Whistleblowers who report fraud against the government are courageous people. The government realizes that most fraud goes unreported, and those who report the fraud are often inside employees. The False Claims Act encourages whistleblowers to report employer fraud by (1) allowing the whistleblower to receive a percentage of any recovery, and (2) protecting the whistleblower against retaliation by the employer.
One of the most strategic decisions in a false claim action, or qui tam case, is deciding where to file the claim or lawsuit. The goal for an experience whistleblower lawyer is to get the government to intervene and adopt the case. Choosing a venue with a favorable U.S Attorney, relative to the facts of the false claim action, often has a significant impact on the outcome of the case.
The False Claims Act has a very generous and broad venue provision on where a whistleblower is entitled to file the lawsuit. Venue “may be brought in any judicial district in which the defendant, or in the case of multiple defendants, or any one defendant can be found, resides, transacts business, or in which any act occurred.”
Many factors and considerations determine where the lawsuit should be filed. An experienced whistleblower attorney will know the interests, motivations and commitments of a particular U.S. Attorney’s office. An experienced attorney will also know which states have state false claims acts. For example, North Carolina, Georgia, Tennessee, Maryland and the District of Columbia all have their own false claims acts. While South Carolina does not yet have a state false claims act. However, the U.S Attorney for the state of South Carolina has made false claim cases a priority and is setting the standard for other states.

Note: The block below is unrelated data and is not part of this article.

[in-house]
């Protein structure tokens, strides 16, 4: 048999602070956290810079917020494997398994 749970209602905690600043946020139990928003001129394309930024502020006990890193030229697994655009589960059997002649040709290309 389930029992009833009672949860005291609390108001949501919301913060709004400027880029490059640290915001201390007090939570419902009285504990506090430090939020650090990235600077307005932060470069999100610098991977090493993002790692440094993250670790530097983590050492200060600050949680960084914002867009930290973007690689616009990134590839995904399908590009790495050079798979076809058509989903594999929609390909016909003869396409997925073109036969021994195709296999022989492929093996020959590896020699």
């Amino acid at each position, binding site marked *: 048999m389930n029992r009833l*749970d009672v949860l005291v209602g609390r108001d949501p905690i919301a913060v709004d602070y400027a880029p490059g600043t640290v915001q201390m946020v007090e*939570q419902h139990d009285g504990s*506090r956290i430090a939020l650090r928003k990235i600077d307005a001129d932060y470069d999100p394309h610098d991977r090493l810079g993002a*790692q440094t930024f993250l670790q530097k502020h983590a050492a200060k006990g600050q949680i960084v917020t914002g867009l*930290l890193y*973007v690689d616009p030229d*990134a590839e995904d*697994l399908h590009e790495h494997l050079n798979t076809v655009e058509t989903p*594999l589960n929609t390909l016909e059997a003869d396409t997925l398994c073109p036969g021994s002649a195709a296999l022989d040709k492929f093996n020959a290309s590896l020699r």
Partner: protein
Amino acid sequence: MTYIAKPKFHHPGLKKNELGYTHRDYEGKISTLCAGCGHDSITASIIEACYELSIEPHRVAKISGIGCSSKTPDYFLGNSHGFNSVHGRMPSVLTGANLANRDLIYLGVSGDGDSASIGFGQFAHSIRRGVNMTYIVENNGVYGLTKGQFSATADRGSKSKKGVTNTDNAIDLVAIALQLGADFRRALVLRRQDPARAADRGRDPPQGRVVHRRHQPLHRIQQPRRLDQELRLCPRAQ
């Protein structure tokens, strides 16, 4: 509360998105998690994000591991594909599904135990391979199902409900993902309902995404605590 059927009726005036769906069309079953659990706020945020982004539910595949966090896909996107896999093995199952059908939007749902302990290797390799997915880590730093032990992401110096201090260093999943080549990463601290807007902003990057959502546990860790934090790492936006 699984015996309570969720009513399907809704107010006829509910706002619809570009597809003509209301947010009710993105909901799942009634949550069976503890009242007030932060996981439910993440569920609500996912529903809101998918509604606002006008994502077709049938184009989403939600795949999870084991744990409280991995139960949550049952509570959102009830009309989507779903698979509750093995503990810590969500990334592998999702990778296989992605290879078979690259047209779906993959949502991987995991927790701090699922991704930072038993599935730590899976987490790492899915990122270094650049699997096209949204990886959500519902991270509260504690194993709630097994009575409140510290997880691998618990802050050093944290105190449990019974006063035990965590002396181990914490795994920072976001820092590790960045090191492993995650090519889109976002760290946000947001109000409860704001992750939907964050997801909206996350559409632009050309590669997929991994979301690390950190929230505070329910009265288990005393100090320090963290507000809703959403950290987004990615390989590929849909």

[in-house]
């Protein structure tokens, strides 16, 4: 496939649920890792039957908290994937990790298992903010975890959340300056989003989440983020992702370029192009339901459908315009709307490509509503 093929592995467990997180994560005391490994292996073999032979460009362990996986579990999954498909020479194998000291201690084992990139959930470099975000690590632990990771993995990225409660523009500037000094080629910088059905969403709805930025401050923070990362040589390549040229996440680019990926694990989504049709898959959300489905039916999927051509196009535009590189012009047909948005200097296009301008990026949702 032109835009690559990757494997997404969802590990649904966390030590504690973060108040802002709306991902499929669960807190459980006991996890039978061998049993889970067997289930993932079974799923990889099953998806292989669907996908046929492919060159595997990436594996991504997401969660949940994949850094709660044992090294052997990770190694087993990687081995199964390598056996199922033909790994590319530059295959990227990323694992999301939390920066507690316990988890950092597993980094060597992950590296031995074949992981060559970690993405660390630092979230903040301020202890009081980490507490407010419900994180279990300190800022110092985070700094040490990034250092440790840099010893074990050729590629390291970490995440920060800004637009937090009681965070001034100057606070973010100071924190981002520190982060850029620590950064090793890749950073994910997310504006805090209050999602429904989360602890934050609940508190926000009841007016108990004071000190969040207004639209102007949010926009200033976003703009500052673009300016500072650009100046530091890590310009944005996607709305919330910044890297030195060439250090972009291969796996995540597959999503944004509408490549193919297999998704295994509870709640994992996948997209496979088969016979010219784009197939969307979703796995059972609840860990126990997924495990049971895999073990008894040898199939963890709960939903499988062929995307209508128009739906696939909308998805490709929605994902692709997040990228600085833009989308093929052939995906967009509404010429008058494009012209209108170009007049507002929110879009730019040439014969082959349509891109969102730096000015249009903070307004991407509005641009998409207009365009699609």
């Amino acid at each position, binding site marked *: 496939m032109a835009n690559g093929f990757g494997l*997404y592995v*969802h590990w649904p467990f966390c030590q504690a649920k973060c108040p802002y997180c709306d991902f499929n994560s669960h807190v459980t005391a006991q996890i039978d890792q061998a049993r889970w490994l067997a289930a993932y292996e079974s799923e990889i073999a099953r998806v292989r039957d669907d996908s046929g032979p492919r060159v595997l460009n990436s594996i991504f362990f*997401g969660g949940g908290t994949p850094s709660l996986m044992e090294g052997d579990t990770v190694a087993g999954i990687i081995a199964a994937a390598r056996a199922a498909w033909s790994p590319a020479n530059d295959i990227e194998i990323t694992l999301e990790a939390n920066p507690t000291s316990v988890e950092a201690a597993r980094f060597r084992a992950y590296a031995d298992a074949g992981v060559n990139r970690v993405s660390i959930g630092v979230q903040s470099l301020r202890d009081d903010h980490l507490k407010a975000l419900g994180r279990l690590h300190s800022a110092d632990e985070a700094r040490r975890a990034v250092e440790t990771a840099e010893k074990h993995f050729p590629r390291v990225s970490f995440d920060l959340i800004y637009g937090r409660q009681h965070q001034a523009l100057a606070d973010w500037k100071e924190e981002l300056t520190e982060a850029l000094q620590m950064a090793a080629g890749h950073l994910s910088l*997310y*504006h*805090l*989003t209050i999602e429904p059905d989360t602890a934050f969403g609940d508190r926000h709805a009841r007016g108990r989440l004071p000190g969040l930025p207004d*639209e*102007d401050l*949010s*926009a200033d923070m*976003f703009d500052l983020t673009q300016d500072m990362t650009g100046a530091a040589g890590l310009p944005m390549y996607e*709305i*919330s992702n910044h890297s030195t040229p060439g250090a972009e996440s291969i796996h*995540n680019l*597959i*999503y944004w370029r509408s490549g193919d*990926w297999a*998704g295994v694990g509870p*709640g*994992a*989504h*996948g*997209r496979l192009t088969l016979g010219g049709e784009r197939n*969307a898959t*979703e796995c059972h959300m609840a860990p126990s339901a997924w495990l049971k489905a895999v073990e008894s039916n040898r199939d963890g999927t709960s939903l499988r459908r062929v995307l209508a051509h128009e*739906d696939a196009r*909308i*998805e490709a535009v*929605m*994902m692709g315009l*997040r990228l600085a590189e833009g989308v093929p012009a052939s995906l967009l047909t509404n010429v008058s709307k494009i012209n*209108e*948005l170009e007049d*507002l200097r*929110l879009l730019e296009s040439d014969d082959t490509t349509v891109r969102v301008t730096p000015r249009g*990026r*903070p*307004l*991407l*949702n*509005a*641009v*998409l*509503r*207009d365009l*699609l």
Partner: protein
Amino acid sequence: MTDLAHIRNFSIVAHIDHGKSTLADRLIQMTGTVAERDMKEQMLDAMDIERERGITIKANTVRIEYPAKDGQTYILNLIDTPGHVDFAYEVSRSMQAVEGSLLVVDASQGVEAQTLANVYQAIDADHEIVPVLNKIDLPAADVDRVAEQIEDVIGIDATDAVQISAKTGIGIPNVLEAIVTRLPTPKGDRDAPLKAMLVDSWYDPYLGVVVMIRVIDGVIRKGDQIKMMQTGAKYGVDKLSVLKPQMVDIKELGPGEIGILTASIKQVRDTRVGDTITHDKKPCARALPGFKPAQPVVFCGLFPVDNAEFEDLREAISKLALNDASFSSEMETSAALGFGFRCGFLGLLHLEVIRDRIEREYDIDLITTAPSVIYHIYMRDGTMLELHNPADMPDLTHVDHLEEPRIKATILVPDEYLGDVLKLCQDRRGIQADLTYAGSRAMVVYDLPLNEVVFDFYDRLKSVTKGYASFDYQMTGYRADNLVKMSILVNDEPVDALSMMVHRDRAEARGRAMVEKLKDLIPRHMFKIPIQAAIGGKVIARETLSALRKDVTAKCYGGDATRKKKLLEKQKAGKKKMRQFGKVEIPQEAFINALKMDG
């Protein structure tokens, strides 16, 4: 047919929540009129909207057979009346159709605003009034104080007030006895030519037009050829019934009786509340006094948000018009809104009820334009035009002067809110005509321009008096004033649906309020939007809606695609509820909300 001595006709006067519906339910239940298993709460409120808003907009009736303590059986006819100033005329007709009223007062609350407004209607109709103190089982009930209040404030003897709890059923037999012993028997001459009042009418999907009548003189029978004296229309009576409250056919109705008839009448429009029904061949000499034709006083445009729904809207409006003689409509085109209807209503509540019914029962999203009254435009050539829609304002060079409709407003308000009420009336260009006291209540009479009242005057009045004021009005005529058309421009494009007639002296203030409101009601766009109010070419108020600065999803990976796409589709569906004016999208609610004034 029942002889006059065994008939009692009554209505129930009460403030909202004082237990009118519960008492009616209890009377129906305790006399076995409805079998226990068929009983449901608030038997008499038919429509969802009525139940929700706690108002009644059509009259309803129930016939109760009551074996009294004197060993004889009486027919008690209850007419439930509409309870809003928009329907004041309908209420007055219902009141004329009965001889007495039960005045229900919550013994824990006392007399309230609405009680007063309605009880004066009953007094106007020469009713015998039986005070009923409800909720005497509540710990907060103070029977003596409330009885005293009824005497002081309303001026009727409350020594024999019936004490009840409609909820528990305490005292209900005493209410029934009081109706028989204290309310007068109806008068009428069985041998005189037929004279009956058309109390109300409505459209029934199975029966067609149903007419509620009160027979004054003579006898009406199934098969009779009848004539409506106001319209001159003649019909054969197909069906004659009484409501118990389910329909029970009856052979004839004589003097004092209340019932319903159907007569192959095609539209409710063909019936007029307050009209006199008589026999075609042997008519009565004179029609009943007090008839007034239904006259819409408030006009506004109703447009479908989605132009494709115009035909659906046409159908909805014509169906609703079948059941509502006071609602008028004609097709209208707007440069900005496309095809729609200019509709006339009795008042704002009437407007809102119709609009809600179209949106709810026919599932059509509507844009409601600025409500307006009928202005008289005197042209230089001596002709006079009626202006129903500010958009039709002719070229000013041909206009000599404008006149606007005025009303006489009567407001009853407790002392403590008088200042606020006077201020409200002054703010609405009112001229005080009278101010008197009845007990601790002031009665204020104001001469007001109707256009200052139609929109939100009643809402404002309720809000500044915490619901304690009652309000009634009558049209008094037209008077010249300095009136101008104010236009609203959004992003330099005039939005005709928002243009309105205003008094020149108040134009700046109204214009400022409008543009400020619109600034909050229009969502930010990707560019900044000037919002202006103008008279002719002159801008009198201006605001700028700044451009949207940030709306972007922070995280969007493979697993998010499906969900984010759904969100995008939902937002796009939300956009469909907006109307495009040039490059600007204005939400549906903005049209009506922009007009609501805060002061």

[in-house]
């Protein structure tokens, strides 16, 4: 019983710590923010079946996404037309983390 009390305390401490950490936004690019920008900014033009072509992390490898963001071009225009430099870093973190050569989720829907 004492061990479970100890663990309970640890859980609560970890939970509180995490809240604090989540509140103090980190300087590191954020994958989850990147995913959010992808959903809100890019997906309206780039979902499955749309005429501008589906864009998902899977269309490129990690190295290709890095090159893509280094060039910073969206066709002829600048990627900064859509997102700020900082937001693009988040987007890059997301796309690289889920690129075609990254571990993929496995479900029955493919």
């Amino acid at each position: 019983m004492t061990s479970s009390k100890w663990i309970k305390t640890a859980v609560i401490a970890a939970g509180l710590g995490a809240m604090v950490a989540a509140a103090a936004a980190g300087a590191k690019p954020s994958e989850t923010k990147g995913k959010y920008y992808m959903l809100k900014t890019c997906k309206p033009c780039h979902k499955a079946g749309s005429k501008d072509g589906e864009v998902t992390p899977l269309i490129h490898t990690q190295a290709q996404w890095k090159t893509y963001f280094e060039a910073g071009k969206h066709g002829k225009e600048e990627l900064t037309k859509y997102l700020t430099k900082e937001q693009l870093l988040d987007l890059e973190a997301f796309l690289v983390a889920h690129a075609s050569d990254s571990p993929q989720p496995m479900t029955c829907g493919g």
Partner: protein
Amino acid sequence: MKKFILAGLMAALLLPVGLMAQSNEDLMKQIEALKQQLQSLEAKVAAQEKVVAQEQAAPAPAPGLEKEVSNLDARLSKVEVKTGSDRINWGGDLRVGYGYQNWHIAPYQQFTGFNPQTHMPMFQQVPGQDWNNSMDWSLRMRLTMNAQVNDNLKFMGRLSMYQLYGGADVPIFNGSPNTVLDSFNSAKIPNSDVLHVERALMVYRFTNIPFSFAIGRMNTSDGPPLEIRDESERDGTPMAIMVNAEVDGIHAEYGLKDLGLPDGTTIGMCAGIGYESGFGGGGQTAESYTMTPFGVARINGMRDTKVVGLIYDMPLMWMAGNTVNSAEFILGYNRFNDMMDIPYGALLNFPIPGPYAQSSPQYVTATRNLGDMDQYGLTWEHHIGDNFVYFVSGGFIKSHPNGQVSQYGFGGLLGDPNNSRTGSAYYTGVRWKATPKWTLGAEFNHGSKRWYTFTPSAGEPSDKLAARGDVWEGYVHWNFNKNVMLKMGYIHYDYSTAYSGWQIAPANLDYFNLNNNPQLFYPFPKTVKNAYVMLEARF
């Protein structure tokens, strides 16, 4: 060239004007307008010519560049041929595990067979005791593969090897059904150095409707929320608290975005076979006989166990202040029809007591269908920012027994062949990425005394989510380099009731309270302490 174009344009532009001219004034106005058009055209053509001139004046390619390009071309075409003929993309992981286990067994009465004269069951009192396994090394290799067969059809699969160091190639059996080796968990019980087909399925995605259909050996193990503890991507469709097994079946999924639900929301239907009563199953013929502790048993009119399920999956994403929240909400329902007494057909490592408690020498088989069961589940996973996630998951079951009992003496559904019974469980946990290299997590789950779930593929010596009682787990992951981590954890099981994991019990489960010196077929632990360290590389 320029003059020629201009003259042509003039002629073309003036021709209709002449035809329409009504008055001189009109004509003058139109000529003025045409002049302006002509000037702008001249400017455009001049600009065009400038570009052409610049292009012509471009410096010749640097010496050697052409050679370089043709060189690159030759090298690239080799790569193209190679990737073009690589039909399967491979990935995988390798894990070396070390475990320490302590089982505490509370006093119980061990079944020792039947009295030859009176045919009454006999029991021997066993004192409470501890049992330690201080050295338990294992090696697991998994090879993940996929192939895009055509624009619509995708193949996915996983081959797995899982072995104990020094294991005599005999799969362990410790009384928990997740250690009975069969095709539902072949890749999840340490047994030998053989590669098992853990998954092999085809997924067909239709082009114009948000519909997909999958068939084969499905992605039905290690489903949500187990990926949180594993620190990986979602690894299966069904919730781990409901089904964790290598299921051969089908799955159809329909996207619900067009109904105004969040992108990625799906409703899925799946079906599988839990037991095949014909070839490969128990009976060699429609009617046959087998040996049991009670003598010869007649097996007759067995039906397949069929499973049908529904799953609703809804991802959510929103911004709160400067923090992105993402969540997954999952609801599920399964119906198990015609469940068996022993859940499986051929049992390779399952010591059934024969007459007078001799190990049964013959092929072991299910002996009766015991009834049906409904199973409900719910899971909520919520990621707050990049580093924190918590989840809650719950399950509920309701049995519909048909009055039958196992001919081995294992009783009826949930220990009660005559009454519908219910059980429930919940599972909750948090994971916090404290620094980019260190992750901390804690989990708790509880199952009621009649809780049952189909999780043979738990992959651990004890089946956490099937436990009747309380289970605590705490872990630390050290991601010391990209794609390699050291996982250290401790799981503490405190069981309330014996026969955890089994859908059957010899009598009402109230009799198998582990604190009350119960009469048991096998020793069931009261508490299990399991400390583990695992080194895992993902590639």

A false claim lawsuits, or qui tam complaints, are filed under seal (in secret) and are served on the government. The government then makes the decision on whether to intervene. A false claim complaint must meet certain legal requirements. For example, Rule 9(b) of the Federal Rules of Civil Procedure requires fraud to be plead with particularity. Courts have held that the complaint must be specific as to “who, when and where.” Including the facts and circumstances of the false submission or claims to the government is essential in the complaint. Pleading the complaint properly is the lawyer responsibility, as well as drafting a detailed and inclusive disclosure statement.
A disclosure statement must be served on the government when a complaint is file. A disclosure statement should outline all of the material evidence that supports the whistleblower’s, or relator’s, claim and contentions. The disclosure statement should include copies of any documents that help prove the fraud. An experienced lawyer will know how best draft the disclosure statement, knowing that some courts have held disclosure statements discoverable to the defendants in the litigation process.
An effective disclosure statement should include: methodology of the fraud, names of important witnesses who have knowledge of the fraud, the documents that can help prove the fraud, the location where the documents are kept, a good-faith estimate of the amount of money that has been defrauded, measures the company is taking to conceal the fraud, and general history and description of the whistleblower.
Miller Law Group has extensive experience representing whistleblowers who report fraud against the government. Some of their cases have included Healthcare Fraud, Medicaid and Medicare Fraud, Government or Defense Contractor Fraud, and well as Tax Fraud and Securities Fraud.
If you are considering reporting fraud against the government and becoming a whistleblower, contact Miller Law Group for a free consultation, or call 919-348-3461.